Continuing the story of Radnor in the late 1800’s and early 1900’s, the accompanying picture shows a group assembled on the porch of the General Store on King of Prussia road. The man in the center of the picture is Captain John G.W. Dillin, now a resident or Drexel Hill, who celebrated his 94th birthday on the 28th of July.
Famous for his extensive knowledge of guns, Captain Dillin has published a book widely read by sportmen, called “The Kentucky Rifle.” He was also an authority on rabies in a day when little was known of that disease. He published a 20-page treatise called “Rabies Past and Present.” which contained “the account of 35 cases of rabies in dogs, horses, cattle and swine, beginning 1864 and ending about 1922,” according to an advertisement concerning the pamphlet.
Of himself Captain Dillin has this interesting bit to say in the foreword of the treatise:
“I was born July 28, 1860, near Valley Forge (where my two grandfathers endured the hardships with General Washington) in a log cabin farm where I lived for 25 years. I acquired my three R’s at a little stone school house called Carr’s School, located near what is now the town of Wayne. I can remember that we used pokeberry juice for ink, and I hated school and took every opportunity to evade going. I quit school when I could read in the fourth reader.
“During my life time, I have been a farmer, storekeeper, lumberman, woodsman and big game hunter. I have soldiered with the National Guard of Pennsylvania, and have been both member and coach of many National Military rifle and revolver teams. As a naturalist, I am known as an authority on the extinct Passenger Pigeon. I am the author of the book entitled ‘The KentuckyRifle’ and am a lover of fiddles and firearms.”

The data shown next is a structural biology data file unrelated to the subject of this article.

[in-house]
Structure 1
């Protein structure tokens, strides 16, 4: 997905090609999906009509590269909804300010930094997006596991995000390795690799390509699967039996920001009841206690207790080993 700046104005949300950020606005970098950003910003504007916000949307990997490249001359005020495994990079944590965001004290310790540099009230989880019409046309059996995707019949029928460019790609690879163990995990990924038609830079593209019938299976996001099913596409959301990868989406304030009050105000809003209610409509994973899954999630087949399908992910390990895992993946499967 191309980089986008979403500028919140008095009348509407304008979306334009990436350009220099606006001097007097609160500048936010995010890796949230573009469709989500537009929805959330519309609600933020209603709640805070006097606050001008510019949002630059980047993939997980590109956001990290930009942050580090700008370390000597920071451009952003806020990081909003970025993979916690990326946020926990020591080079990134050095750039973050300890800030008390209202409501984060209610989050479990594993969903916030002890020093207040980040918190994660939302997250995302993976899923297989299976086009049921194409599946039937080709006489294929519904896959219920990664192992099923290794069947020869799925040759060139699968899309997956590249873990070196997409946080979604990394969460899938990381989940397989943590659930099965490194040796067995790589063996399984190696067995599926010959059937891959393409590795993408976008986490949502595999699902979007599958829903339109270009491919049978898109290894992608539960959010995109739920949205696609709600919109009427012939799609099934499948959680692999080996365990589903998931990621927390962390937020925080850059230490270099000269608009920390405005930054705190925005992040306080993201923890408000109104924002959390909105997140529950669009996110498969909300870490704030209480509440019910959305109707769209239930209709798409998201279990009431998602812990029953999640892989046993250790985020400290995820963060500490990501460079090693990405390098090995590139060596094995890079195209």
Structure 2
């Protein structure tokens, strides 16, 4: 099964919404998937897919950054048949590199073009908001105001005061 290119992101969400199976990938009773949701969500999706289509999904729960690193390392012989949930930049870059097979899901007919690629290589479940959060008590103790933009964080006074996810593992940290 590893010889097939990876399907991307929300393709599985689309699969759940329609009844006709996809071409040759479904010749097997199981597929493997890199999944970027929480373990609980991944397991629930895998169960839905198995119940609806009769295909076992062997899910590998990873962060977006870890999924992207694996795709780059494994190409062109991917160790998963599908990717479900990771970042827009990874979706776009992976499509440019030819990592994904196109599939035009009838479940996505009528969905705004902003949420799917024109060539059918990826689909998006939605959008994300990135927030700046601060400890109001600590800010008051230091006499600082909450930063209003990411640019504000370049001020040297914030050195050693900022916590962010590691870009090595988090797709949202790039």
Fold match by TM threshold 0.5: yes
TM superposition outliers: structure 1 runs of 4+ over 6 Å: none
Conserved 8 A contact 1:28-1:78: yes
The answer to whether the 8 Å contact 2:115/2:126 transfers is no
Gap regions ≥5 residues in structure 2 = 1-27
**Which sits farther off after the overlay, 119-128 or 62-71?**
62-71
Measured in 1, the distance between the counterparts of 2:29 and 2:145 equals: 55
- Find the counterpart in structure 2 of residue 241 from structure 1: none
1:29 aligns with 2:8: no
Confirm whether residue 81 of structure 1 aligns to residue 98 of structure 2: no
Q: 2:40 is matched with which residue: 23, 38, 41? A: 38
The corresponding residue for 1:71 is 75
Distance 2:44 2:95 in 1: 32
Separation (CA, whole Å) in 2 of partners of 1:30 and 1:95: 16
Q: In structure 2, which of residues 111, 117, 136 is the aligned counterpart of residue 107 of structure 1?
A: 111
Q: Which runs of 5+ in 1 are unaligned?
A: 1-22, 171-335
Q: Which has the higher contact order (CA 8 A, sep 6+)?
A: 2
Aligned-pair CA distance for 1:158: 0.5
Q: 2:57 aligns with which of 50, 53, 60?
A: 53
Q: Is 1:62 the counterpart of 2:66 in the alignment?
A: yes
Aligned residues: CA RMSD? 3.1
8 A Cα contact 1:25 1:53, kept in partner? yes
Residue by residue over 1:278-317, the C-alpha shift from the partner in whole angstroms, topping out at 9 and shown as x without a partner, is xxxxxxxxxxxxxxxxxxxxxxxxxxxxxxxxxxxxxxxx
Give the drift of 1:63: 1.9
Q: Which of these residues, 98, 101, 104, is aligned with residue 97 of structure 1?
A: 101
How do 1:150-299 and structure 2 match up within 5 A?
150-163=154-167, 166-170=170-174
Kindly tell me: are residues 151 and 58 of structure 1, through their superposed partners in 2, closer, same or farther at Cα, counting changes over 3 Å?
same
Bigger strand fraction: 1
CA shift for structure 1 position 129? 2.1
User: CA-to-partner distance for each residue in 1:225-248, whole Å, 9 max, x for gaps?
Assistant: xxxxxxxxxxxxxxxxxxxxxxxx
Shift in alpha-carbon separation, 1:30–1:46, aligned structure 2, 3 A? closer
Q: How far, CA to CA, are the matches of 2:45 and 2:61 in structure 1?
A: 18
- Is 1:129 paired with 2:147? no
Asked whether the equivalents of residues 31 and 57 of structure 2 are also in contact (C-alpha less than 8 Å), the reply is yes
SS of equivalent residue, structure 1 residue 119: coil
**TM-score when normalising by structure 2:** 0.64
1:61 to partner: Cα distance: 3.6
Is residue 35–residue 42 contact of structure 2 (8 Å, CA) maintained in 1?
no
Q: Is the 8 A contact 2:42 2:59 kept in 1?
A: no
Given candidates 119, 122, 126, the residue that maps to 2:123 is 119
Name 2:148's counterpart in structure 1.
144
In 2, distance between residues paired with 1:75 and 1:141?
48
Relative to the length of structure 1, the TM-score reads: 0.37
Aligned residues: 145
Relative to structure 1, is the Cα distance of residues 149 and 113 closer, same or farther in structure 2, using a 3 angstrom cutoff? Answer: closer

The children standing on either side of Captain Dillin in the picture, include Dorothy Wolf, Ethel Morris and Ida Morris, all former residents of Radnor.
In the June 25, 1954 issue of “The Suburban,” an interesting old picture of Dillin’s store was published in this column. At that time it was stated that neither the date of the picture or the identity of the men or boys in it was known to your columnist. Ray Yocom now gives the date as 1898, and in the foreground of the picture are Tryon Lewis from Ithan, and to his left, his horse and buggy in which he made daily trips to Dillin’s store. The boy next to Mr. Lewis is Mr. Yocom. The gentleman with the cane and beard was Peter Pechin who owned a farm on King of Prussia road. His son was Nate Pechin, one time sheriff of Delaware County who passed away not so very long ago.
The picture was taken by Lucy Sampson, of Berwyn, according to Mr. Yocom. This is the first indication of the sex of the “photographic artist” who made several of the pictures already illustrating this column. It is interesting to know that “L.A. Sampson” was a woman in a period when women in any field of business were the rather rare exception. In the early 1900’s this picture of the Old Store made one of the very popular postcards of its time, as shown by the number which were mailed to Mr. Yocom in his California home, and which have been preserved by him all these years.
Another matter of slight confusion has been cleared up by Mr. Yocom’s notes. In the early 1900’s Charles A. Dillin, father of Oscar and John Dillin, operated a grocery store in the lower part of the old Red Lion Inn in Ardmore. Some records have stated that the Old Store in Radnor was once called the Red Lion Inn, an error which could easily be made because of the duplication of the Dillin name in stores in both Radnor and in Ardmore.
(To be continued)